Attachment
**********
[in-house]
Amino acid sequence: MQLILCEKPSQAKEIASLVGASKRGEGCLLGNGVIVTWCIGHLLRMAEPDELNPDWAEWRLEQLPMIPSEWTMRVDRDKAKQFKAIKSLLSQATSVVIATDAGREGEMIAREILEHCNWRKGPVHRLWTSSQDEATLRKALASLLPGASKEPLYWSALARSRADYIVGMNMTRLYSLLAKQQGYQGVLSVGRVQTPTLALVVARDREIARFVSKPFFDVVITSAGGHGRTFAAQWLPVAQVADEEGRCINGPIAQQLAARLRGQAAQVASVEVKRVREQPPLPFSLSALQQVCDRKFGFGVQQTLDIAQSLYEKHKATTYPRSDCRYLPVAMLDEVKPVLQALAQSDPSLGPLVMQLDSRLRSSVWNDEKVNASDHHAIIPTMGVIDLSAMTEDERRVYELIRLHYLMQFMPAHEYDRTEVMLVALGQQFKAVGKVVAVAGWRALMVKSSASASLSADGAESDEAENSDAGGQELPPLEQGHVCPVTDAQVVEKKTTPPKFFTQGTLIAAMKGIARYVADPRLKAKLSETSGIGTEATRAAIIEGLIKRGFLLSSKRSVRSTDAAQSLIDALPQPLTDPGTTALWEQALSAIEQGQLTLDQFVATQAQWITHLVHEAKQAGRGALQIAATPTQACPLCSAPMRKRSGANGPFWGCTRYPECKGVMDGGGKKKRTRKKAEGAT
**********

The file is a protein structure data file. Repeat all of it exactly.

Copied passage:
[in-house]
Amino acid sequence: MQLILCEKPSQAKEIASLVGASKRGEGCLLGNGVIVTWCIGHLLRMAEPDELNPDWAEWRLEQLPMIPSEWTMRVDRDKAKQFKAIKSLLSQATSVVIATDAGREGEMIAREILEHCNWRKGPVHRLWTSSQDEATLRKALASLLPGASKEPLYWSALARSRADYIVGMNMTRLYSLLAKQQGYQGVLSVGRVQTPTLALVVARDREIARFVSKPFFDVVITSAGGHGRTFAAQWLPVAQVADEEGRCINGPIAQQLAARLRGQAAQVASVEVKRVREQPPLPFSLSALQQVCDRKFGFGVQQTLDIAQSLYEKHKATTYPRSDCRYLPVAMLDEVKPVLQALAQSDPSLGPLVMQLDSRLRSSVWNDEKVNASDHHAIIPTMGVIDLSAMTEDERRVYELIRLHYLMQFMPAHEYDRTEVMLVALGQQFKAVGKVVAVAGWRALMVKSSASASLSADGAESDEAENSDAGGQELPPLEQGHVCPVTDAQVVEKKTTPPKFFTQGTLIAAMKGIARYVADPRLKAKLSETSGIGTEATRAAIIEGLIKRGFLLSSKRSVRSTDAAQSLIDALPQPLTDPGTTALWEQALSAIEQGQLTLDQFVATQAQWITHLVHEAKQAGRGALQIAATPTQACPLCSAPMRKRSGANGPFWGCTRYPECKGVMDGGGKKKRTRKKAEGAT